July 4, 2020 Subject:
No, F.W. Harvey is not one of the great names that echo down the annals of war poetry. But he is a more engaging talent and personality than many who do.
Harvey was a small-time lawyer in the Forest of Dean, much distracted by Belloc’s French-style distributism (“Back to the land”), and he was not a success. But ironically he would soon find himself in France, and forced back to the land in the most unexpected way - digging trenches in it, when he wasn’t burying some of his best friends in it. Still he found time to collaborate on the first newspaper ever published in the trenches, the Fifth Gloucester Gazette. And as the present collection seems to improve as it goes on, I assume that the opening verses came from the early editions of the paper, representing the poet’s first attempts. At that rate, you won’t miss much if you start halfway through.
The themes are an interesting mix of day-to-day trench experience and nostalgic longing for English scenery, along with inevitable philosophical reflections on life and death. Some of the poems are too personalised for the general reader, including pen-portraits of certain characters in the battalion, and a couple of references to Rossall (the author’s Lancashire boarding-school) that really don’t evoke anything at all.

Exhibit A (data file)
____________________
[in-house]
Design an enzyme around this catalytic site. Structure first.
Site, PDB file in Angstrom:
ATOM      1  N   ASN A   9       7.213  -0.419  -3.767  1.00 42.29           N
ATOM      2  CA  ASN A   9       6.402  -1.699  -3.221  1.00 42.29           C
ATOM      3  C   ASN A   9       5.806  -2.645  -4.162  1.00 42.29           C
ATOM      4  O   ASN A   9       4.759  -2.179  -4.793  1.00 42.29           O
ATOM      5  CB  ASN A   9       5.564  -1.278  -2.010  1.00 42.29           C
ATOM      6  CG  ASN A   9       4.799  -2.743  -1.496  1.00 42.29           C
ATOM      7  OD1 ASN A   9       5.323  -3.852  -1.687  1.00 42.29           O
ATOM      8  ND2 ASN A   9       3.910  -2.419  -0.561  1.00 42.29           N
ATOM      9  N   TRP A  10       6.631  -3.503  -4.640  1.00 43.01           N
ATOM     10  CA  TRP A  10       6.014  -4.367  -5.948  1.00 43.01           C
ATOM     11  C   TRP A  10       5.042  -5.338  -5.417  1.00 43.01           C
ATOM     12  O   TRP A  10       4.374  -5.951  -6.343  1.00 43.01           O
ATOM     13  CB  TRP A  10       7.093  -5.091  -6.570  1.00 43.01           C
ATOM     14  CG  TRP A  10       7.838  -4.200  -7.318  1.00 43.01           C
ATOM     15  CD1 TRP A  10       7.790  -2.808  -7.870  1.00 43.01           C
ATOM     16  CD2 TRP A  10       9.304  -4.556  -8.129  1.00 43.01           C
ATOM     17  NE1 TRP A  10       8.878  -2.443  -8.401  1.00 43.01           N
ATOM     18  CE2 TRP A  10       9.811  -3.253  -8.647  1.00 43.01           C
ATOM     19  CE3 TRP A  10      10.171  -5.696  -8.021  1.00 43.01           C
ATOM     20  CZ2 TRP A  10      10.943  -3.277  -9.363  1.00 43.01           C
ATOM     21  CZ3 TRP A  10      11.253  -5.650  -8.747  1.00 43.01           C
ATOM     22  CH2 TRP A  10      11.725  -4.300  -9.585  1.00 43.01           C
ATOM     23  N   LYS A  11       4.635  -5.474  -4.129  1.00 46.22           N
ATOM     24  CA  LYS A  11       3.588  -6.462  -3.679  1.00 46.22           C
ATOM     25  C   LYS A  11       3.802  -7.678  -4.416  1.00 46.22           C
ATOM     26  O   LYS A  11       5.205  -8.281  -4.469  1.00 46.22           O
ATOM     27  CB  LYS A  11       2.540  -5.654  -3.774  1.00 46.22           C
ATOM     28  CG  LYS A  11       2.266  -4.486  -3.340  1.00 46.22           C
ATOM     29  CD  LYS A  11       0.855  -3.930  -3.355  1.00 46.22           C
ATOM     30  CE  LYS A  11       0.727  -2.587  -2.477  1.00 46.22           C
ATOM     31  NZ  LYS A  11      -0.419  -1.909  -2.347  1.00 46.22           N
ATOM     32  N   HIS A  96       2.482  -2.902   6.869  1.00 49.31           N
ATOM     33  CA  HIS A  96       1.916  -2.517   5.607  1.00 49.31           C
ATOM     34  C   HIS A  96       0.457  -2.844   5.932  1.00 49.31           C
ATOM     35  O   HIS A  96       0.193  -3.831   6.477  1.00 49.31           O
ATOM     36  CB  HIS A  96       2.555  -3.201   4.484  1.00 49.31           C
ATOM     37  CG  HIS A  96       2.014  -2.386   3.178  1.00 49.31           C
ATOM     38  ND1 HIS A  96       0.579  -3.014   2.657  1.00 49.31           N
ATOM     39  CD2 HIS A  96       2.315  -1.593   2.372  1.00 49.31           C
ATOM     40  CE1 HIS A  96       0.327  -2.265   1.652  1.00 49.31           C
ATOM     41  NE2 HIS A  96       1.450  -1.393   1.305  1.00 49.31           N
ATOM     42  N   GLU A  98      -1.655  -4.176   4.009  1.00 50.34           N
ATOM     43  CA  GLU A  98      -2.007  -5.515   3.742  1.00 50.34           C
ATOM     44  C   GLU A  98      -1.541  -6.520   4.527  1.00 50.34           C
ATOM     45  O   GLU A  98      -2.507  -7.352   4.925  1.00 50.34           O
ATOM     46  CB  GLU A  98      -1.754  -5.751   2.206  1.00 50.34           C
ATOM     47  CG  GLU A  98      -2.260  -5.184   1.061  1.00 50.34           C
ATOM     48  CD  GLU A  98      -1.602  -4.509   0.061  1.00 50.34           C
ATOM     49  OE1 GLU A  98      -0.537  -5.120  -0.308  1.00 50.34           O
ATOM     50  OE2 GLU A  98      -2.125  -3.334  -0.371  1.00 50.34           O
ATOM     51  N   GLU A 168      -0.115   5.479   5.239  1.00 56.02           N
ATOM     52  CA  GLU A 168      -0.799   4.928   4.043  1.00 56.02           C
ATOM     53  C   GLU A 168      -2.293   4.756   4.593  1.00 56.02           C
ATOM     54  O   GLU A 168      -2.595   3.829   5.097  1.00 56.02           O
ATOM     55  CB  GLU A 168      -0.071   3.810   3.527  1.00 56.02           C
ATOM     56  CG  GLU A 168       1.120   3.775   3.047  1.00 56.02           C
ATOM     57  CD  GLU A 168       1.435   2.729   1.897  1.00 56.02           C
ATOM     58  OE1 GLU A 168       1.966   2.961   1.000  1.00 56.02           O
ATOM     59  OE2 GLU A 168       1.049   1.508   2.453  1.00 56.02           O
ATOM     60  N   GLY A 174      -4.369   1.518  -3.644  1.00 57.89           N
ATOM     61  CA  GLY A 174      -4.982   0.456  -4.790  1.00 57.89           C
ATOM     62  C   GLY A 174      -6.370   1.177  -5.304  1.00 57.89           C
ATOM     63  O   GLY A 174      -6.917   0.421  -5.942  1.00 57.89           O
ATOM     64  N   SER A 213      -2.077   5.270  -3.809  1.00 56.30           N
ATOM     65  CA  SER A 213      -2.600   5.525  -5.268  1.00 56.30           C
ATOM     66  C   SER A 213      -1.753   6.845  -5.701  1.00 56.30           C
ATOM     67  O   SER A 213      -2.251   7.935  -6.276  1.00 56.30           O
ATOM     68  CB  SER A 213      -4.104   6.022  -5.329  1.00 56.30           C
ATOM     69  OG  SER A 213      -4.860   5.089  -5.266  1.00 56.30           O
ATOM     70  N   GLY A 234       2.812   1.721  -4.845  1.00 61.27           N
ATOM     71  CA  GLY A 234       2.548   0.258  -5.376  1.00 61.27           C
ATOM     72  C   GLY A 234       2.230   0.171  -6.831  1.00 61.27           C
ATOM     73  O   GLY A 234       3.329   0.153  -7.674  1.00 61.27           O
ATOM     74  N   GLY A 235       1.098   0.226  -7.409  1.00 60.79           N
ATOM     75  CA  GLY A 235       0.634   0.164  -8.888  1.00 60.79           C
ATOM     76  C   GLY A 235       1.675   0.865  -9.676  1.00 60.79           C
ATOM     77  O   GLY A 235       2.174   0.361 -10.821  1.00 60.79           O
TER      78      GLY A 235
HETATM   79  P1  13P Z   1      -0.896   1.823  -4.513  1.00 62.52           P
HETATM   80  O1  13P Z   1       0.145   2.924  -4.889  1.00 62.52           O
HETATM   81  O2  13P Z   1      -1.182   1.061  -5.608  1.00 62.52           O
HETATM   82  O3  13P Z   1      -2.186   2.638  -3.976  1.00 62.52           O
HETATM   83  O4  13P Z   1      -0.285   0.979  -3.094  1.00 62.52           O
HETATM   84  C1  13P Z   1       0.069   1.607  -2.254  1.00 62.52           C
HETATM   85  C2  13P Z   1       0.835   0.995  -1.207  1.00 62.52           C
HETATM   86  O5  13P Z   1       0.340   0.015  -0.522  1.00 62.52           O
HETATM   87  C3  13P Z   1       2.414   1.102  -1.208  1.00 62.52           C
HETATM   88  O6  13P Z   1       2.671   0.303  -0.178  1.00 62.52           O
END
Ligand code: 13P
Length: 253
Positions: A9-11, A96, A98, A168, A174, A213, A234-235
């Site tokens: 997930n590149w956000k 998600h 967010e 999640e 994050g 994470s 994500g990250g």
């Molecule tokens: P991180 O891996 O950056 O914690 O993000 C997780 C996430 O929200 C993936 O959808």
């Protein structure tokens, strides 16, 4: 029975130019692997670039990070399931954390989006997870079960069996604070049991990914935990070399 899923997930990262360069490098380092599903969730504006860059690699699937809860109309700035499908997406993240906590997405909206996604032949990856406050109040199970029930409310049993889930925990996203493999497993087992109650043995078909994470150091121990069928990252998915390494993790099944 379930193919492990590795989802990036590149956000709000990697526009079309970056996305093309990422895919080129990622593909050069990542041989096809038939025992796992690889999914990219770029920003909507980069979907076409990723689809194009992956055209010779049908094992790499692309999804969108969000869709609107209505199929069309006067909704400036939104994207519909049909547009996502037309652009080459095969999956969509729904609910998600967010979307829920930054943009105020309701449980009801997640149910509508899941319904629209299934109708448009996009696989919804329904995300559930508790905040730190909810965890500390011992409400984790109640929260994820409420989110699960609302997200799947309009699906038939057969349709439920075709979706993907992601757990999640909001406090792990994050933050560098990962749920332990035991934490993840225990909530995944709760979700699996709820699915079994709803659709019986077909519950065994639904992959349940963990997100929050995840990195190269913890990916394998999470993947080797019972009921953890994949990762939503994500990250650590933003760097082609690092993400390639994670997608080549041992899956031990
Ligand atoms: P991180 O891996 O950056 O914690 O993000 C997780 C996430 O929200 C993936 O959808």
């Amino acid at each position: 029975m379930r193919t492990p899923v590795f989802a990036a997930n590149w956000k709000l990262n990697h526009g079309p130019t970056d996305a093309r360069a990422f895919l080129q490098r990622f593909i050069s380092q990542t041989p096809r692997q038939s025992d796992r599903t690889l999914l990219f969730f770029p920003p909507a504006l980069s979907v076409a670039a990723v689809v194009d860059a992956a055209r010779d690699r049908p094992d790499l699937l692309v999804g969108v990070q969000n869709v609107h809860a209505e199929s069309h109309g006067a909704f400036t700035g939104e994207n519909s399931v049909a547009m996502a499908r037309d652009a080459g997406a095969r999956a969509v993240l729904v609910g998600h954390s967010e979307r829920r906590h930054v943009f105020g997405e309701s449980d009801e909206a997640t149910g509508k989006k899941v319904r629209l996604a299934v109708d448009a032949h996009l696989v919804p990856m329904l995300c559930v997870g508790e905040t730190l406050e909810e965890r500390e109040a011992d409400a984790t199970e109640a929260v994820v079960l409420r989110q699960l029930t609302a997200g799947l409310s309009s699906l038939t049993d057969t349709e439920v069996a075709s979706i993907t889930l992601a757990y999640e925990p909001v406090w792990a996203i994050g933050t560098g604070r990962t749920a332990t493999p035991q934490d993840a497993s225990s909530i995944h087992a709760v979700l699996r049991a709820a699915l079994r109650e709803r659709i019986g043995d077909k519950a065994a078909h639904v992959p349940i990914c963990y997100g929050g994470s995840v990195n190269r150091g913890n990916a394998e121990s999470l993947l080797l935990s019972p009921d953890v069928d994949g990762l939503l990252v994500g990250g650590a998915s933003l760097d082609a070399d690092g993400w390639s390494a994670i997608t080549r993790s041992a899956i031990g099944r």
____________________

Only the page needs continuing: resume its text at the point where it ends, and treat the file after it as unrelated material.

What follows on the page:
Personally, I respond well to ‘Beelzebub, God of Flies’, a curse on the pestilential insects that ruin his sleep, as well as ‘To His Maid’ and ‘Dying in Spring’. Towards the end, he offers us a number of prose-poems, featuring one (‘Heaven’) that deserves quoting in full:
"Take me, then," he said to the angel, "upon this great journey to Heaven."
The angel touched his eyelids.
"Where, then, is Hell?" asked the man.
The spirit pointed out a bored-looking man quite near the throne.
"But he is in Heaven," protested the mortal.
"Even so, but he does not know it," replied the angel.